Naomai Omaush, of the Wampanoag people, wrote her last will in 1749 which holds in itself a subtle hint that she viewed her world as one influenced by the stratification of gender. The fact that the will is heavily influenced by the European Christian doctrine showed her acceptance of patriarchy, but more importantly, that she was most likely aware of the position of women in the Christian faith and society as a whole. For example,the first items and perhaps the most valuable were left behind for the Minister and his wife, in Omaush’s village. Moreover, interestingly they were also placed as the first receivers in the document, before Omaush’s own relatives. At first it might seem that this was because she was not the one to write the will, but Calloway evidences that it was first written in the Algonquian language, in her Wampanoag dialect. Therefore, it is evident that the minister seemed to be influential either to her or in her village. However, the issue remains that many of her valuables which she chose to leave behind were destributed in a gender specific manner. For example, she chose to leave her female relatives dresses, while her kinsmen received blankets, pots, pans and other household goods. The items received by her male relatives were far more valuable. Calloway explains that many of them were acquired through trade with Europeans colonials. This is perhaps a testament to her own believes that different sexes in her family held different position of importance, with women at the bottom of the scale. Taylor suggests that Indigenous society was not divided by class but rather by gender, when it came to the administration of work. This was probably the case in Omaush’s household.Moreover, it is interesting how many white women, such as Mary Burton, were also forced into housework labor not only because of their class but also sex.Both Indigenouns and Europeans shared the structure of the household hierarchy based on sex. All in all, It is evident that Omaushu’s will confirms that the idea of gender stratification was inherently present in her life. Whether she was aware of this as a broader element in the colonial world remains uncertain, however she confirmed it by evidently practicing it.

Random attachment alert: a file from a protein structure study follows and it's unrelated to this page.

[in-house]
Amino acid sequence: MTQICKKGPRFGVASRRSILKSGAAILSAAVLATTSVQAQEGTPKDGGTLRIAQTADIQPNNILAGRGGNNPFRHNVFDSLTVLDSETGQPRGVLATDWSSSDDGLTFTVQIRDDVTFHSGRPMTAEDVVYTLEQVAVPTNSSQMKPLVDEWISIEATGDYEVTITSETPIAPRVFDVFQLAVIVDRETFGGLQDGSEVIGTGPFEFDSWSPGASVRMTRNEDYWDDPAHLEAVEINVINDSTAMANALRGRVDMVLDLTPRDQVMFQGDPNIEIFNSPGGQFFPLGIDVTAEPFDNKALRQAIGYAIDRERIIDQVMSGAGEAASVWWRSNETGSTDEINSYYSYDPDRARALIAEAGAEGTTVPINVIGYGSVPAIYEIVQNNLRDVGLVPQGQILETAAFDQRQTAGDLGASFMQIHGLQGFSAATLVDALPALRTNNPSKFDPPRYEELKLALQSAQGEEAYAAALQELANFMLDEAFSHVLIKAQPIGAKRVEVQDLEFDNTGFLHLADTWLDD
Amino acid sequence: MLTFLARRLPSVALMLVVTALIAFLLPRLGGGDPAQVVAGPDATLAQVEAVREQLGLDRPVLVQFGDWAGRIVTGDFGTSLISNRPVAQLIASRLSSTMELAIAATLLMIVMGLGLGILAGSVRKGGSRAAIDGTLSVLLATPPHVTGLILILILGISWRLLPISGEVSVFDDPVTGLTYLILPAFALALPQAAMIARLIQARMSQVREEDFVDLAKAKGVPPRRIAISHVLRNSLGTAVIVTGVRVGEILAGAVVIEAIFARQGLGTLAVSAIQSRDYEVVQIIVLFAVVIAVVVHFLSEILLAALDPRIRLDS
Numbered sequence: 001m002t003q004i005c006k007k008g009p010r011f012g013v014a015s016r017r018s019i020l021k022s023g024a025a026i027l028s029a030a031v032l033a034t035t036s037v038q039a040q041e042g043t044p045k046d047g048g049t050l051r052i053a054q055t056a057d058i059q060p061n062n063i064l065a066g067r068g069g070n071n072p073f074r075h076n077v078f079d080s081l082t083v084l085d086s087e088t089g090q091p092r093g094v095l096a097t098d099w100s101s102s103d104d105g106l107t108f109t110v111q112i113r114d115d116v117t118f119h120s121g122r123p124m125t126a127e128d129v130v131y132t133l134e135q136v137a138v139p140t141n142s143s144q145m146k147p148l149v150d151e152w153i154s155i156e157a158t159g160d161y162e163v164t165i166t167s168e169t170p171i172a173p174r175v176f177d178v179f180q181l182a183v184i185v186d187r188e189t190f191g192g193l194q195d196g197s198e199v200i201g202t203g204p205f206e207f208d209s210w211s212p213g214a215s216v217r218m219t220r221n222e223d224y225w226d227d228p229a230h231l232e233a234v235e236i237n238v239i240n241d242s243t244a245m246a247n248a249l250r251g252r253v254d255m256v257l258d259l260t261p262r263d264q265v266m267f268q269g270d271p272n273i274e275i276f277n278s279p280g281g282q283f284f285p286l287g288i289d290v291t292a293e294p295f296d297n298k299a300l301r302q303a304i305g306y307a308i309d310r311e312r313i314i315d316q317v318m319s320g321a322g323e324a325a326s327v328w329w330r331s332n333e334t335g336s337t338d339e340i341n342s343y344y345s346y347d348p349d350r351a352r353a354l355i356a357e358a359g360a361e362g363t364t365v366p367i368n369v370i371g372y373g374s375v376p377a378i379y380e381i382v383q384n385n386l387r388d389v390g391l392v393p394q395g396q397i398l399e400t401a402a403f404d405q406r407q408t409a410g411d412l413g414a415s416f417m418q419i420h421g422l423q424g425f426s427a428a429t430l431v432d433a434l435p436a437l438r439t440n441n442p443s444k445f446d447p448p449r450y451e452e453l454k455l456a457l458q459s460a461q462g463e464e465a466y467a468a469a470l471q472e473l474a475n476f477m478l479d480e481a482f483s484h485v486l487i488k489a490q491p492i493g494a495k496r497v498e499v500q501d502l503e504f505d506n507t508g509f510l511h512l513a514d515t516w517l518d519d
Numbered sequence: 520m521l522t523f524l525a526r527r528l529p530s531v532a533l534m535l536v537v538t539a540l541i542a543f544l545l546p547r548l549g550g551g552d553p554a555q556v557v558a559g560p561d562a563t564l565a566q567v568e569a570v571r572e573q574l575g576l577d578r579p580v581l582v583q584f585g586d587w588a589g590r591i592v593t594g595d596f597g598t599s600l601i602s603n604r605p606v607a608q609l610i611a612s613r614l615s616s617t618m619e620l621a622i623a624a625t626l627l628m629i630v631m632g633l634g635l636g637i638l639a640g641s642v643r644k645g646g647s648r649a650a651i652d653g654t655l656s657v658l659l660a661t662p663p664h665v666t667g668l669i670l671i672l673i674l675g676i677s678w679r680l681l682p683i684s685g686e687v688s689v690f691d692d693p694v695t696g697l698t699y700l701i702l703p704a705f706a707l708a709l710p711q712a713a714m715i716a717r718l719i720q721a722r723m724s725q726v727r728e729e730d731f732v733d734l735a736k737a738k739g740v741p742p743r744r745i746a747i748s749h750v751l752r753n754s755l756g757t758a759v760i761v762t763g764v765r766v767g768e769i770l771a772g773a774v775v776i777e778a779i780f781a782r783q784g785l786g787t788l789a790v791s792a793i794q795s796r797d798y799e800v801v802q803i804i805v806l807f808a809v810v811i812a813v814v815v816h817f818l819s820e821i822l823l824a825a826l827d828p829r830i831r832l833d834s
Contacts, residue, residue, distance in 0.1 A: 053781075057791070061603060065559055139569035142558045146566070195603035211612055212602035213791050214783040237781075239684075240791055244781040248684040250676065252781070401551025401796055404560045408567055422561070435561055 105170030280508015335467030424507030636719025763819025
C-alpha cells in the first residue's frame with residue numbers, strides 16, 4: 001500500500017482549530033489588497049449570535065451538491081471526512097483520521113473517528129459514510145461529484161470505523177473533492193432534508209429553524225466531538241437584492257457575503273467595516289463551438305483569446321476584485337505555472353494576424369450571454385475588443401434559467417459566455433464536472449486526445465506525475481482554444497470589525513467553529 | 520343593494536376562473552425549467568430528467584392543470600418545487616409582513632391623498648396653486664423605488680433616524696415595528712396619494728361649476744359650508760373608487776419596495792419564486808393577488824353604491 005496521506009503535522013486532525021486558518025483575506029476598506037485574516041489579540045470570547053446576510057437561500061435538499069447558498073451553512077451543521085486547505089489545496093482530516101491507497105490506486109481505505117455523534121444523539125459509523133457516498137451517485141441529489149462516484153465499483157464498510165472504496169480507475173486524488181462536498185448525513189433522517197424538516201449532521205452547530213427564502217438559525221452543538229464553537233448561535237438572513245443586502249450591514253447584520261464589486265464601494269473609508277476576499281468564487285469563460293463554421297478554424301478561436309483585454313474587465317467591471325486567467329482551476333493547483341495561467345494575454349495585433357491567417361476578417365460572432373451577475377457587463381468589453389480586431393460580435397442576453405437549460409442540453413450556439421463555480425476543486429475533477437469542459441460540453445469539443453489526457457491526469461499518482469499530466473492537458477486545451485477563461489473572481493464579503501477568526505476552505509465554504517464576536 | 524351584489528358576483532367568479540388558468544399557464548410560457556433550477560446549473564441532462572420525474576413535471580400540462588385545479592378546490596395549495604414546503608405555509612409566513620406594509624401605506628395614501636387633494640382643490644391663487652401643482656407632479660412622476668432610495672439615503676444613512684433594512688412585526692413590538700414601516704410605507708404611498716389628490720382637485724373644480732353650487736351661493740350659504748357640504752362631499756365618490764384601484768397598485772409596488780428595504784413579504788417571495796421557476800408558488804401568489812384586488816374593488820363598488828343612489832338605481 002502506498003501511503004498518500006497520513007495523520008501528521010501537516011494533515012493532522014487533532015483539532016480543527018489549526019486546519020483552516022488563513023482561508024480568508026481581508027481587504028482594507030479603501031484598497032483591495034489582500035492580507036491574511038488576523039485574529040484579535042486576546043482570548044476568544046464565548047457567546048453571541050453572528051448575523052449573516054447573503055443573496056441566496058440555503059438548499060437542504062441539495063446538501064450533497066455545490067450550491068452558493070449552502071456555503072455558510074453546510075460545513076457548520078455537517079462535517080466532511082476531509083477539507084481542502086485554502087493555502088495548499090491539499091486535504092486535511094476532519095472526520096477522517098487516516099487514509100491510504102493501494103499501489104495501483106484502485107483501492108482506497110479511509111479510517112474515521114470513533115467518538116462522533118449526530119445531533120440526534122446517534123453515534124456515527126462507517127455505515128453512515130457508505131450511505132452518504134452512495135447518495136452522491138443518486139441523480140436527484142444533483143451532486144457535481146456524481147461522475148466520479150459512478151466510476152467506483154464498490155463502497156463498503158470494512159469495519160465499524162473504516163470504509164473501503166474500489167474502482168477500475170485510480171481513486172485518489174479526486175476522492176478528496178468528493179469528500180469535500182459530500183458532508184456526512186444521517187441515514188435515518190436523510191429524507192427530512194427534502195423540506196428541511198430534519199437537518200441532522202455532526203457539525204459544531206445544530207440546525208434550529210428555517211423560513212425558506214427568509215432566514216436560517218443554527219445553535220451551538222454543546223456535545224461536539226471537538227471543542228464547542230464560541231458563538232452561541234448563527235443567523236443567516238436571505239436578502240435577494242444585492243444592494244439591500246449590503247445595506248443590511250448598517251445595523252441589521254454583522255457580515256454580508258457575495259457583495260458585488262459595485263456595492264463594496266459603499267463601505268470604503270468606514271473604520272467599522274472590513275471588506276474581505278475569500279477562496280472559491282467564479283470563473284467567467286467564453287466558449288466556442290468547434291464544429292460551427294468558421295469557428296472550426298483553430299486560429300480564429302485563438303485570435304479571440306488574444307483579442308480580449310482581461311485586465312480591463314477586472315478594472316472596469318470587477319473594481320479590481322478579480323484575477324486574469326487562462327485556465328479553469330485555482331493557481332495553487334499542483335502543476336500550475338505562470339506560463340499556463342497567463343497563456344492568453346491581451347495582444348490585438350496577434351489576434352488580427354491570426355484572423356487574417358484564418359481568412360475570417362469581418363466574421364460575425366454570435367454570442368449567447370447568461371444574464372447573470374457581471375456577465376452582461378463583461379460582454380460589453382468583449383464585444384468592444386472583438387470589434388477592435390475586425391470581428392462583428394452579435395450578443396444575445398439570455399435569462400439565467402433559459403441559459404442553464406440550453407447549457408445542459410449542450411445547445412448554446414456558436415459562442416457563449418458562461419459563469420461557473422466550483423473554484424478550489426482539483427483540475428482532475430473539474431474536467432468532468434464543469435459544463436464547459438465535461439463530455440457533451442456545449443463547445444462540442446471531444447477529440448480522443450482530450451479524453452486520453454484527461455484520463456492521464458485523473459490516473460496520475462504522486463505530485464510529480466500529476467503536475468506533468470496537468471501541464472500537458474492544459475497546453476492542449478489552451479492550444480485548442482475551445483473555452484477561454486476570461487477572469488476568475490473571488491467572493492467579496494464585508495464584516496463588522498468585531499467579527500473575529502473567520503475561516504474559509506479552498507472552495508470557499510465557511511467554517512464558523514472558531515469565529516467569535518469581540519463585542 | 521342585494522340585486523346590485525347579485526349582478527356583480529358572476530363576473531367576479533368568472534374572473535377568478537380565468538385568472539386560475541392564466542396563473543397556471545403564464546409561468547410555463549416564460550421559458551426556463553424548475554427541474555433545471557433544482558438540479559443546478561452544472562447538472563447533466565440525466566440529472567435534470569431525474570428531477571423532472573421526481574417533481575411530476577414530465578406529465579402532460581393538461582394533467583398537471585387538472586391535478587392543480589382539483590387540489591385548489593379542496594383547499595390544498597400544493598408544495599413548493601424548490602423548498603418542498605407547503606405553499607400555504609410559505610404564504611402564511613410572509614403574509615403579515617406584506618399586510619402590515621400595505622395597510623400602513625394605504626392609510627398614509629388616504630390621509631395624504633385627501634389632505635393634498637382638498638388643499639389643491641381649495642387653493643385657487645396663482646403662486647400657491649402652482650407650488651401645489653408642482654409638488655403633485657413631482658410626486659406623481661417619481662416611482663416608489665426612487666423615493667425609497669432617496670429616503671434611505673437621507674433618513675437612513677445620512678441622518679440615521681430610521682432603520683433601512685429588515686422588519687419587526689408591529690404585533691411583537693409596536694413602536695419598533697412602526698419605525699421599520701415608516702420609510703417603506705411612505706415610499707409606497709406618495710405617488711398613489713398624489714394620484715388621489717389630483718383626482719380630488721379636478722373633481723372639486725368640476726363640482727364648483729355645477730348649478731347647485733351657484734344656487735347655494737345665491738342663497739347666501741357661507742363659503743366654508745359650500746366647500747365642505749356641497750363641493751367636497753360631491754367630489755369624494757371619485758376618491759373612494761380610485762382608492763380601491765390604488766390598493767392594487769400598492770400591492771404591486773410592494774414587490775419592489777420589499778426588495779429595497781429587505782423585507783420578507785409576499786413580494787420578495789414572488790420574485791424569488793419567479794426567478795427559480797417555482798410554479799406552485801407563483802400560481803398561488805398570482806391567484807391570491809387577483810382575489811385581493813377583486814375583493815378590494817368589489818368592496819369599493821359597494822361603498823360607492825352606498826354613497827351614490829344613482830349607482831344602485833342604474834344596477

The story of Mary Jemison provides an interesting aspect to the idea of the gender divide, primaraly due to the fact that she was the ultimate product of the colonial world and its process. She symbolized a blend of different people which gave her the unique ability to understand the role of women better. Although Mary Jemison was ethnically European, she was without a doubt culturally Seneca. She wrote in her narrative that after 4 years she felt part of the community and did not want to leave.Therefore, when considering her interpretation it would not be wrong to understand her as a Seneca woman as well as an European woman. Essentially, the reason this is important is because Mary provides a full description of the duties of women in the Seneca village, and compares them to that of white women. She proclaimed that Indigenous women’s labors were no different from that of white women in terms of intensity, but the only difference was in the variety of the labors. What is meant by this is that Jemison understood the gender divide that occurred in Indigenous society, as well as the one present in European society. For instance, she describes how she tended to the children and performed menial housework for her adoptive family, but also missed her home life with her previos family. Although, Mary had moved into a more egalitarian society, her descriptions seem to be quite insistent of the divide between men and women. This might have been because of her own preconceptions of the larger colonial context, which she applied to the Seneca people. However, the issue remains that Mary did not criticize the gender divide at all, in fact she probably supported it and accepted it. For example she mentions that her “situation was easy” as she did not have to actually go hunting but only occasionally carry the game back to camp. Overall, both as a Seneca and as European she seemed to accept the divide accordingly. The reason for this is most likely due to the overlap she had experienced, and the fact that she did not want to fully accommodate to Seneca society, as she said she had always been their “captive”.